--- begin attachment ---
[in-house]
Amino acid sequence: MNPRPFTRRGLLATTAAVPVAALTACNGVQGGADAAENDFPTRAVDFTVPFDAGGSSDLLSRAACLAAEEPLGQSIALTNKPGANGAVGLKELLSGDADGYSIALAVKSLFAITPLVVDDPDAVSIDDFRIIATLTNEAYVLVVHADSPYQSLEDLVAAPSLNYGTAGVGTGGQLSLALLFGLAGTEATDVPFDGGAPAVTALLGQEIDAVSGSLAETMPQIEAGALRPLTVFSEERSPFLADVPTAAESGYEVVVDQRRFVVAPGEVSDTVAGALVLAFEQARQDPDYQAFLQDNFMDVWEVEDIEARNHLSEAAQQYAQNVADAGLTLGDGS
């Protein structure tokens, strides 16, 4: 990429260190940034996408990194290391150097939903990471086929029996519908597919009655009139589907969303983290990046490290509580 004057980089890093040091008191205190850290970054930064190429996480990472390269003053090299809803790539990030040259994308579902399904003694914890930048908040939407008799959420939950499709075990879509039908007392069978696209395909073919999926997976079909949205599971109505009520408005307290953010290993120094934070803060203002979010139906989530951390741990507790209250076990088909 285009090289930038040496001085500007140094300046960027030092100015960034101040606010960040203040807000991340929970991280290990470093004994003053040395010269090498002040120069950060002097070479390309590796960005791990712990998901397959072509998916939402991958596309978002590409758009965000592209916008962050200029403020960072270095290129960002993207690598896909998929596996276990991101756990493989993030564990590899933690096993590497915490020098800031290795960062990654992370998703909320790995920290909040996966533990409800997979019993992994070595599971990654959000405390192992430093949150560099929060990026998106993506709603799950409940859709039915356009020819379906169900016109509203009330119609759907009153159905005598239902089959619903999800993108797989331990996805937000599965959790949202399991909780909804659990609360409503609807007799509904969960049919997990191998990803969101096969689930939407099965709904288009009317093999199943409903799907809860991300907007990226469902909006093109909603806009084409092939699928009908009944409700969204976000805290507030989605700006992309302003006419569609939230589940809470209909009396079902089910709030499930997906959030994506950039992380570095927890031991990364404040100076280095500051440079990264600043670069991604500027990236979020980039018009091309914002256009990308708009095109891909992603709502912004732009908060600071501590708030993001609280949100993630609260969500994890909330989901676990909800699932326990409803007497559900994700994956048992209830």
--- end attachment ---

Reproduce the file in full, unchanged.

[in-house]
Amino acid sequence: MNPRPFTRRGLLATTAAVPVAALTACNGVQGGADAAENDFPTRAVDFTVPFDAGGSSDLLSRAACLAAEEPLGQSIALTNKPGANGAVGLKELLSGDADGYSIALAVKSLFAITPLVVDDPDAVSIDDFRIIATLTNEAYVLVVHADSPYQSLEDLVAAPSLNYGTAGVGTGGQLSLALLFGLAGTEATDVPFDGGAPAVTALLGQEIDAVSGSLAETMPQIEAGALRPLTVFSEERSPFLADVPTAAESGYEVVVDQRRFVVAPGEVSDTVAGALVLAFEQARQDPDYQAFLQDNFMDVWEVEDIEARNHLSEAAQQYAQNVADAGLTLGDGS
């Protein structure tokens, strides 16, 4: 990429260190940034996408990194290391150097939903990471086929029996519908597919009655009139589907969303983290990046490290509580 004057980089890093040091008191205190850290970054930064190429996480990472390269003053090299809803790539990030040259994308579902399904003694914890930048908040939407008799959420939950499709075990879509039908007392069978696209395909073919999926997976079909949205599971109505009520408005307290953010290993120094934070803060203002979010139906989530951390741990507790209250076990088909 285009090289930038040496001085500007140094300046960027030092100015960034101040606010960040203040807000991340929970991280290990470093004994003053040395010269090498002040120069950060002097070479390309590796960005791990712990998901397959072509998916939402991958596309978002590409758009965000592209916008962050200029403020960072270095290129960002993207690598896909998929596996276990991101756990493989993030564990590899933690096993590497915490020098800031290795960062990654992370998703909320790995920290909040996966533990409800997979019993992994070595599971990654959000405390192992430093949150560099929060990026998106993506709603799950409940859709039915356009020819379906169900016109509203009330119609759907009153159905005598239902089959619903999800993108797989331990996805937000599965959790949202399991909780909804659990609360409503609807007799509904969960049919997990191998990803969101096969689930939407099965709904288009009317093999199943409903799907809860991300907007990226469902909006093109909603806009084409092939699928009908009944409700969204976000805290507030989605700006992309302003006419569609939230589940809470209909009396079902089910709030499930997906959030994506950039992380570095927890031991990364404040100076280095500051440079990264600043670069991604500027990236979020980039018009091309914002256009990308708009095109891909992603709502912004732009908060600071501590708030993001609280949100993630609260969500994890909330989901676990909800699932326990409803007497559900994700994956048992209830």